Monday, July 19, 2010

Ever After (1948)

Ever After
Phyllis Whitney, il. Elinor Darby (cover)
1948, Houghton Mifflin Company

The blue eyes that took in everything and gave out nothing examined Marel critically, coveted her hat and came wearily to rest when they reached her portfolio.
"Oh," she said. "One of those. Just out of art school, I suppose?"

Margaret Elizabeth "Marel" Pope comes to New York City from Chicago determined to make her way as an illstrator of children's books. When her initial interview at Embree Studios ends in the gentle observation that her drawings lack life, Marel goes off freshly determined to improve her work and win a place there. She luckily has a wealthy aunt, Peggy, whose fame as a hatmaker has resulted in a penthouse apartment she's opened to her struggling niece.

Marel won't stay long with Peggy. She quickly befriends a young writer, Chris Mallory, and they fall in love. But with postwar housing at a premium, the young couple can only find a tiny studio, which blows the problems of their early months of marriage all out of proportion. Does Marel believe that a woman can't have a career and a husband, as so many of her friends claim?

Whitney had a talent for summing people up. Marel's cynical coworker Gail:
...a tall, rather brassy-looking girl came to the door of the waiting room. No hair could ever have grown that color, but it was beautiful, sleekly combed and certainly eye-taking. She'd have been quite pretty except for the hard lines about her mouth and the suspicious way her blue eyes regarded the world.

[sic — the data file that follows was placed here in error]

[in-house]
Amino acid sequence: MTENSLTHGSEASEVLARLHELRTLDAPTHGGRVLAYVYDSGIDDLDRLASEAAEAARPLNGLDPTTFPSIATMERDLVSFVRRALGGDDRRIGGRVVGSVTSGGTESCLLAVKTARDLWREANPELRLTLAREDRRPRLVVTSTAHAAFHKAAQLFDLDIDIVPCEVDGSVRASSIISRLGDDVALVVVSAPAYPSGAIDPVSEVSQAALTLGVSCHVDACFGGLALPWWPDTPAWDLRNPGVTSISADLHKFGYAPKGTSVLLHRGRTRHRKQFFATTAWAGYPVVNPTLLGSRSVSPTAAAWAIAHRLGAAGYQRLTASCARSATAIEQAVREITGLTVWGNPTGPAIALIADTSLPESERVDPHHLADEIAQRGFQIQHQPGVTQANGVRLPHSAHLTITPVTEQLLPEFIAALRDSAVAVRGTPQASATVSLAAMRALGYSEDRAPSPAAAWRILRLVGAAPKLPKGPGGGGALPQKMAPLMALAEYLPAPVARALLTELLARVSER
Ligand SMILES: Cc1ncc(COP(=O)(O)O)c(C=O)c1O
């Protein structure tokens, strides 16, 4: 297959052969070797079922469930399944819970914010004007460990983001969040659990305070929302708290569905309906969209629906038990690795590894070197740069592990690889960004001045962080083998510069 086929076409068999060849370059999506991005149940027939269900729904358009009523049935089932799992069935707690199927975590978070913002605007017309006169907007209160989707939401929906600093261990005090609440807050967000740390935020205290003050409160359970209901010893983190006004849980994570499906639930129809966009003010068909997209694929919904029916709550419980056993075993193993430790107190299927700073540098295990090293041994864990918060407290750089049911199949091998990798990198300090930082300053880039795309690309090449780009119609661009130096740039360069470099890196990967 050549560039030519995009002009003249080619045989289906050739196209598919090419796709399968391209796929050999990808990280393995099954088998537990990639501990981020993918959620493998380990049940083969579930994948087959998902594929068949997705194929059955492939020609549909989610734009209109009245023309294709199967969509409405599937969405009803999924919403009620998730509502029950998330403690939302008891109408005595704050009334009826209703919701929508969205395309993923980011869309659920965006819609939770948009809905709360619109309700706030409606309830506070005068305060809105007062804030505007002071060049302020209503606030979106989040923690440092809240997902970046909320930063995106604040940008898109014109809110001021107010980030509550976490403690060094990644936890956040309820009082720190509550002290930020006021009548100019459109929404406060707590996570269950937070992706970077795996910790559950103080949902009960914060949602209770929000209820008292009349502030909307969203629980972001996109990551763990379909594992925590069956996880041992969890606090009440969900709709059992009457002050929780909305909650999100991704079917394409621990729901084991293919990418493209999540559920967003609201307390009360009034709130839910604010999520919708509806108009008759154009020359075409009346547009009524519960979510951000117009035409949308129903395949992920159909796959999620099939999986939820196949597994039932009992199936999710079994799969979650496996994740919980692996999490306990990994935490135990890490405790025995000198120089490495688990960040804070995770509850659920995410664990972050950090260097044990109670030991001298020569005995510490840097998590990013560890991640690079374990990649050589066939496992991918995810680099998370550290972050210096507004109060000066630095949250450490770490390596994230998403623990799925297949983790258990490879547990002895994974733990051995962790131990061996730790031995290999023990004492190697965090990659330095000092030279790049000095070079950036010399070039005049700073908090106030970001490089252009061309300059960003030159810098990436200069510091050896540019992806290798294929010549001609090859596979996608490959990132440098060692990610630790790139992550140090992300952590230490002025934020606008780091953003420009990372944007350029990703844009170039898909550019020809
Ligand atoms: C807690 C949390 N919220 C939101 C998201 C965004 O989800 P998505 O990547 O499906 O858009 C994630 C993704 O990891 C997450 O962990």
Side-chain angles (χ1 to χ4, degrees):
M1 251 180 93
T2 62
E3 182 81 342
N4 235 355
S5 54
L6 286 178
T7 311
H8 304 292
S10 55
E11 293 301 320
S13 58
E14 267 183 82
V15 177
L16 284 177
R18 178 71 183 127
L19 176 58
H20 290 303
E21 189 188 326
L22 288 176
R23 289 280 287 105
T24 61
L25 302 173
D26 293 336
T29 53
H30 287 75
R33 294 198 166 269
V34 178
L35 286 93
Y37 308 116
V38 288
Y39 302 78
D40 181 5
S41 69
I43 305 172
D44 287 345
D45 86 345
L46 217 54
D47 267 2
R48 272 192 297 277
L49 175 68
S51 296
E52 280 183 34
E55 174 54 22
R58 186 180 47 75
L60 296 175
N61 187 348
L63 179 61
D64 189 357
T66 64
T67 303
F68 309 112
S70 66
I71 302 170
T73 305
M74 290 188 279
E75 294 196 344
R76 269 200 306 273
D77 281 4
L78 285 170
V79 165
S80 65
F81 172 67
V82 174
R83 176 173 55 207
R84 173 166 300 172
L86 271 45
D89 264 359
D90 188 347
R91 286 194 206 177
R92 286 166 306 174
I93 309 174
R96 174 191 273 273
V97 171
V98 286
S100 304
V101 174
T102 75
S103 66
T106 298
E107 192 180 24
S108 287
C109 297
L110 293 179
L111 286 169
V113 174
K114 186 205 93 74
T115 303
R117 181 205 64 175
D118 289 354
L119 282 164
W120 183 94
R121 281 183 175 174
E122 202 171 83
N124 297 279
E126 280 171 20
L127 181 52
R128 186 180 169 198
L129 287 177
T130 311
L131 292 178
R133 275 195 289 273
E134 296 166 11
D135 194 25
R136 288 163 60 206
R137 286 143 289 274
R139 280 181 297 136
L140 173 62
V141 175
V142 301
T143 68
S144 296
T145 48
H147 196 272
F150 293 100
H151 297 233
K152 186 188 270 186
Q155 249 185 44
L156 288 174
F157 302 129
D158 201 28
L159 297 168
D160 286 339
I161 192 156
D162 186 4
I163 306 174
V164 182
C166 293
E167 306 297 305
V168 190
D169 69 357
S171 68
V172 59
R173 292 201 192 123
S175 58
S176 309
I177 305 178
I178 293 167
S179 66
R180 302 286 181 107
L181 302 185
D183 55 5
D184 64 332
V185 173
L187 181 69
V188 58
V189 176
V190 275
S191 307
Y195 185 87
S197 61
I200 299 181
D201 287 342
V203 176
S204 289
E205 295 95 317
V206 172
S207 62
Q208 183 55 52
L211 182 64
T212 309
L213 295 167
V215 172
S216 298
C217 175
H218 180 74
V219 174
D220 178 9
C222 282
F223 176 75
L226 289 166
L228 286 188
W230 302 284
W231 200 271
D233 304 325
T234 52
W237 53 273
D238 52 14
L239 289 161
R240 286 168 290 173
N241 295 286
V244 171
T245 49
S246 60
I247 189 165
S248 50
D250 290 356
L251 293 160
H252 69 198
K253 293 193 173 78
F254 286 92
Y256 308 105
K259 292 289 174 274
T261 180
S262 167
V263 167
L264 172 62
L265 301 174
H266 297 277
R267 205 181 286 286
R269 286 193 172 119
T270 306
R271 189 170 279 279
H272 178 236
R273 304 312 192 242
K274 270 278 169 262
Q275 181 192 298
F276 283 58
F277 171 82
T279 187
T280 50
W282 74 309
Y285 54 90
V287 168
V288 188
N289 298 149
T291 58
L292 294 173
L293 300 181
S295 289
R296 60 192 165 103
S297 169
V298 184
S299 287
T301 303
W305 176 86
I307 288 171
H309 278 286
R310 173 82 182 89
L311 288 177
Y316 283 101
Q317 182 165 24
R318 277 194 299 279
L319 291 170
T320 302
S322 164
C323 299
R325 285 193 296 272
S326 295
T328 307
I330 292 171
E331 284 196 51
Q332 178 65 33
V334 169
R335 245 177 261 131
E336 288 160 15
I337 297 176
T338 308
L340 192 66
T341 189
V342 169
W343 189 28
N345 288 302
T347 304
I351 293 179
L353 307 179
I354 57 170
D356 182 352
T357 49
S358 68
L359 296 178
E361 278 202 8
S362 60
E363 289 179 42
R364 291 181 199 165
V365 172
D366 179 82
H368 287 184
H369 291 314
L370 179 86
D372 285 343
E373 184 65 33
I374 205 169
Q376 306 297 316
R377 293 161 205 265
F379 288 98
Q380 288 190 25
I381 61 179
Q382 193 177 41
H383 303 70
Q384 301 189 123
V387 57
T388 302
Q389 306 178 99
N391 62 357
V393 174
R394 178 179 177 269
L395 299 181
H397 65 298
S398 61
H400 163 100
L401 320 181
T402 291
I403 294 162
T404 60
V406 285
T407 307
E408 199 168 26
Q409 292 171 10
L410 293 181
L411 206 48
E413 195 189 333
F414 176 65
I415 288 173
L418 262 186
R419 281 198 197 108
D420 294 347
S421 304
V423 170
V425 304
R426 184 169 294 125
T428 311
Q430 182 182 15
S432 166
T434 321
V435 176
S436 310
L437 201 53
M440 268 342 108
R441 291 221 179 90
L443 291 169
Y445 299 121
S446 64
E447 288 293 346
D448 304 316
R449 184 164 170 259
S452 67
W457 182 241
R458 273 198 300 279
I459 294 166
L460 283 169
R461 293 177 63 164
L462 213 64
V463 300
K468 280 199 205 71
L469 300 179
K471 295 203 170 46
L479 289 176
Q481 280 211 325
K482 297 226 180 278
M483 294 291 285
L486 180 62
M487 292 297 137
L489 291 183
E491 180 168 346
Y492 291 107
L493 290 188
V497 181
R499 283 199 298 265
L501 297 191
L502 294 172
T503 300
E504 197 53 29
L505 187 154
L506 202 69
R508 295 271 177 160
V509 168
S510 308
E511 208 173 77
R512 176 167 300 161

The romance is quite nice, and Chris is a model young husband, willingly sharing the chores in a very modern way. Everything, in fact, is very 21st century until Marel realizes, as have so many heroines in so many romances, that their problems are all her fault.
About the author
Phyllis Ayame Whitney worked in libraries and bookstores in Chicago before marrying George A. Garner in 1925. They had a daughter, Georgia, in 1934. She worked for the Chicago Sun and the Philadelphia Inquirer during the 1940s. Her first book, A Place For Ann, was published in 1941. In 1950 she re-married; according to her NYT obituary, she divorced Garner in 1945 partly because he was not supportive of her writing. Two of her mysteries for children won the Edgar Allen Poe Award, and she was awarded the Grand Master Award from the Mystery Writers of America in 1988.
Books for teens
Nobody Likes Trina (friendship)
The Fire And The Gold (early San Francisco)
A Long Time Coming (migrant workers)
Step To The Music (Civil War)
Linda's Homecoming
Willow Hill (race)
A Place For Ann

Creole Holiday (acting)
The Highest Dream (working at the UN)
Love Me, Love Me Not
The Silver Inkwell (writer)
A Window For Julie (window dresser)
A Star For Ginny (illustrator)


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